I often find, when working with clients, that discussing the value proposition is tough. There are nearly always different value propositions, depending on the viewpoint of the stakeholder. A value proposition answers the question: “What value do you provide to me?” Clearly, the answer can depend on “who is asking the question?” In addition, each stakeholder may need to hear more than one answer.
Stakeholders come in all forms. There are owners / investors, customers, partners, employees, and public / government. Each wants something different from you. There can be a pretty wide gap in these different perspectives. The gap between the value proposition from one viewpoint to another creates an issue in how a company aligns.
For my example, I use an analysis I did on a National Airline from a few years back. Let’s call it “Elbonia Airlines” for the sake of this discussion. The company was set up as a publicly traded commercial business and had taken on a good bit of debt. The national government rescued it after the economy collapsed, refinanced its debt, and put in a new CEO. All very public and quite messy.
Let’s look at some realities.[/fusion_text]
|Elbonia Air Stakeholder||Required Value / Value Proposition|
The biggest challenge to this particular business model, however, is the difference in value proposition between the perspectives of the two chief types of investors: the government investor and the commercial investor. The value of a national airline to it’s country government is very different from the value of the stock to a commercial investor.
It is the delicate balancing act between these two kinds of investors that got the government airline in trouble in the first place. The airline had taken on debt because they had expanded service to a number of smaller destinations that are primarily appealing to foreign tourists. Those services were created to provide subsidies for unprofitable routes that the government demanded, and to keep ticket prices low on the unprofitable routes. However, the recession had caused the new tourist routes to become unprofitable.
The airline simply owned too many aircraft for the profitable routes they had, had no flexibility to drop unprofitable routes, and competition from other commercial airlines was keeping down ticket prices.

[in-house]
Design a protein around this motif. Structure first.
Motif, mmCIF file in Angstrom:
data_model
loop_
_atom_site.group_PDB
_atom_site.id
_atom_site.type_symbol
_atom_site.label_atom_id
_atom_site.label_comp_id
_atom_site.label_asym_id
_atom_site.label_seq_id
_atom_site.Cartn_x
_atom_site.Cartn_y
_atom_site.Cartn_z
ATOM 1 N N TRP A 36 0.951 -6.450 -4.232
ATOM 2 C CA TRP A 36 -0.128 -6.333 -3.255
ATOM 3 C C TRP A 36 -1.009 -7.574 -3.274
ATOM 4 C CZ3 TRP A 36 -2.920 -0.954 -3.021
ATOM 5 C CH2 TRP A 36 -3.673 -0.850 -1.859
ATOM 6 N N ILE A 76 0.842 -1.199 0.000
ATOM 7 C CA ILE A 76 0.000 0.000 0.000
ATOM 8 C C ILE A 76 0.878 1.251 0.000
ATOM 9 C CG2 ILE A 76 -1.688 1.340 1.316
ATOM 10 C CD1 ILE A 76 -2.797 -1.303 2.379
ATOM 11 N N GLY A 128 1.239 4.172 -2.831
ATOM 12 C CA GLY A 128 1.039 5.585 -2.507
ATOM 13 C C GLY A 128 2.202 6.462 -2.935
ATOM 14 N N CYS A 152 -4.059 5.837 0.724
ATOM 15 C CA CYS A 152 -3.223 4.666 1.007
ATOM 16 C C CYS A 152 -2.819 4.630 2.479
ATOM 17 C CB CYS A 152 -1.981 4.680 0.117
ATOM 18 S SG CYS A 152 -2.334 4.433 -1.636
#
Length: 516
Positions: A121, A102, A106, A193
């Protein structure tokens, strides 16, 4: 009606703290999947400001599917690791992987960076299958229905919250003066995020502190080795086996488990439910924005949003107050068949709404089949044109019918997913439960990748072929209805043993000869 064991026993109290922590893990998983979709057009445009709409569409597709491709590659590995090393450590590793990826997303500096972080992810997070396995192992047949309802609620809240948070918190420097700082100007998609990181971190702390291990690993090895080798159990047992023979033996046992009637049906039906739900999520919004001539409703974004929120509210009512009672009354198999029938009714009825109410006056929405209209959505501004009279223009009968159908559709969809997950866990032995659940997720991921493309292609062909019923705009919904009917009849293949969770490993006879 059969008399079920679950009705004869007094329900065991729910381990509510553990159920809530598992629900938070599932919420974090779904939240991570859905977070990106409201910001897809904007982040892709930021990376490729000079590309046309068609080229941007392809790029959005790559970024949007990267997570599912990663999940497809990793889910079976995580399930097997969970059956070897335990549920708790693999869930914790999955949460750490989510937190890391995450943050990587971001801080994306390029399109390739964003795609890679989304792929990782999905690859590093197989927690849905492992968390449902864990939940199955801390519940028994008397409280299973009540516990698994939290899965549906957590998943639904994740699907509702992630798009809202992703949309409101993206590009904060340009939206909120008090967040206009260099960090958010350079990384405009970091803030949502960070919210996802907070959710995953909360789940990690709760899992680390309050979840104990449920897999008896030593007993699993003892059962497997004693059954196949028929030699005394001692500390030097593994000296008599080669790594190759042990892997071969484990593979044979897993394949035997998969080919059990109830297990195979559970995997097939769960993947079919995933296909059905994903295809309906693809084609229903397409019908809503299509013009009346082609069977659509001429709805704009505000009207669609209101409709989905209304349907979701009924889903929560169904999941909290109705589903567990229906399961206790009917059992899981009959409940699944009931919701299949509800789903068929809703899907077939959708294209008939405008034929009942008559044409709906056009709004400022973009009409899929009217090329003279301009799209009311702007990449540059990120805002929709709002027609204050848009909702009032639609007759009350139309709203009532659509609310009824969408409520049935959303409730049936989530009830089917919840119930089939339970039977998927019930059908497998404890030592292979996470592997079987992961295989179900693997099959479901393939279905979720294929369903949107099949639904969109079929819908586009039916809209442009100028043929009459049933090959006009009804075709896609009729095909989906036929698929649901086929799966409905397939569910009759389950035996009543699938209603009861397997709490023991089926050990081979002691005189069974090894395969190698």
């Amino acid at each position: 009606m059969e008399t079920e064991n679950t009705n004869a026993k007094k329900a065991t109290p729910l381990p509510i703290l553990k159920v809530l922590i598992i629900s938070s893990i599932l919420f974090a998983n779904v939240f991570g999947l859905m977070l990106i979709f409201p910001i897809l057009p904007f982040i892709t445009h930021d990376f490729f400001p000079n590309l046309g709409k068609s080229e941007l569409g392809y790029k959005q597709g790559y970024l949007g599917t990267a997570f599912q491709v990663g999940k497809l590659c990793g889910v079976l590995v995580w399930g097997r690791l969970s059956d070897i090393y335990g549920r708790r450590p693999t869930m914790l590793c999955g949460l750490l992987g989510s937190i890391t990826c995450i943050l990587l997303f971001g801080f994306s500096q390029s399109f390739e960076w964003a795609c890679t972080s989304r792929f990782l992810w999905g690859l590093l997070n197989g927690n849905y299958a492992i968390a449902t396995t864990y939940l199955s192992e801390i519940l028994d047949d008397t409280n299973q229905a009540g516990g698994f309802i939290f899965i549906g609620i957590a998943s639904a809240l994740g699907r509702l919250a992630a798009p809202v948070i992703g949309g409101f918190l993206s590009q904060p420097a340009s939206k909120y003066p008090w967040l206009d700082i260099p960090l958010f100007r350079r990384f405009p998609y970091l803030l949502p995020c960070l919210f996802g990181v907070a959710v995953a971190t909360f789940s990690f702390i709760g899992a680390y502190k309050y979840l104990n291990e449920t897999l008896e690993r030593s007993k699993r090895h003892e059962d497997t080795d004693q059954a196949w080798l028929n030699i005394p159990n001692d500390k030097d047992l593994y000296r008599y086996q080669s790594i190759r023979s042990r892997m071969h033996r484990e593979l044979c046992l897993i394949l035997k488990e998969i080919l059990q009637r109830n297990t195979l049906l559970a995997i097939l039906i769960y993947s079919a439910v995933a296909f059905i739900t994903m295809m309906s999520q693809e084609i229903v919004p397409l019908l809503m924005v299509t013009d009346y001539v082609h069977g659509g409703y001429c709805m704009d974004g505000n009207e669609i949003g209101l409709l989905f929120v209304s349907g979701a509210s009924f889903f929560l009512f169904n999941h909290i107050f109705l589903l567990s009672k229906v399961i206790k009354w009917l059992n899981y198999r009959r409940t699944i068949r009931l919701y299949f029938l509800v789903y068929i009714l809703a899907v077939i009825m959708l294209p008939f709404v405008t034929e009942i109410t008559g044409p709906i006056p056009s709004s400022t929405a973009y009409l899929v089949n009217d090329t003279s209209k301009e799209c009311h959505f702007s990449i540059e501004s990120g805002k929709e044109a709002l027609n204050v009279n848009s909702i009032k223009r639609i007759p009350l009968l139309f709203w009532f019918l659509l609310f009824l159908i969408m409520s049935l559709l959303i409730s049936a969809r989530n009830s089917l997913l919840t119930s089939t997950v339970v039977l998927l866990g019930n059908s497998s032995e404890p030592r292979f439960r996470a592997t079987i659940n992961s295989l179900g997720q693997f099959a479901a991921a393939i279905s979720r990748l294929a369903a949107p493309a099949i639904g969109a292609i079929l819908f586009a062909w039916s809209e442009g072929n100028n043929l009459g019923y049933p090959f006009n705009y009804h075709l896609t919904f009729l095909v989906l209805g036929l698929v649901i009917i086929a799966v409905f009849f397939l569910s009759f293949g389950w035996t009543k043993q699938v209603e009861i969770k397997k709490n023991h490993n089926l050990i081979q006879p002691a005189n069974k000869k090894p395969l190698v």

How did they solve the problem? By changing the relationship with the government. The government became a partner, not just an investor, in particular routes. That allowed the government to subsidize those routes and get out of the business of caring about the overall airline. The main commercial routes were expected to be competitive and profitable while the “required” routes were subsidized so that they wouldn’t lose money.
All this was visible by examining the value proposition as an independent element of the business model. Simply doing a “SWOT” analysis wouldn’t have focused leadership on this kind of problem, or this kind of solution.
What should an Enterprise Architect know about threat modeling?
I recently asked on a LinkedIn group about threat modeling and Enterprise Architecture. My first surprise came when the first set of responses were from folks who didn’t appear to understand what threat modeling was. So I guess the first order of business for anyone wishing to consider themselves an Enterprise Architect is to study up on what Threat modeling is.
There is no shortage of business thinkers and authors who will tell us this statement is true:
Anyone can create a good strategy. The most frequent failure is in execution.
Unfortunately, this underestimates the difficulty in creating a “good strategy.” While the statement above is absolutely true, it is not unusual to find companies that don’t have a formal strategy at all, or who fail to share their divisional strategies with all of their employees (a key measurement of strategy adoption in a company is “how many of your employees can recite your company strategy”).
One of the obstacles I’ve come to recognize in Enterprise Architecture is unique to companies that either don’t have a formal strategy or who do not share their strategy with their staff — you cannot align efforts to strategy if there is no consistent understanding of strategy across divisions.
I always knew this was true. I’ve become more and more convinced that it is a hard-and-fast rule. In other words, if you want to be successful as an EA in a company that doesn’t share strategy, this becomes your First Order Problem — how to develop a consistent strategy that everyone at the senior level agrees with and that they are willing to share with their staff.
That’s it in a nutshell. To be successful, your organization must develop a consistent strategy that everyone at the senior level agrees with and that they are willing to share with their staff.
First order problem — In other words, focus on this. Make progress on this. Measure yourself by your progress on this. Associate yourself with the people who “should” own this, and align yourself with the people who actually do own this (rarely the same person). Find ways to be involved. Find ways to contribute. Volunteer. Make things happen. Find ways to support incremental progress, while recognizing that the increment may not be good enough in the long run. For EA to become known for “doing successful Enterprise Architecture,” a clear and communicated company strategy is ground zero.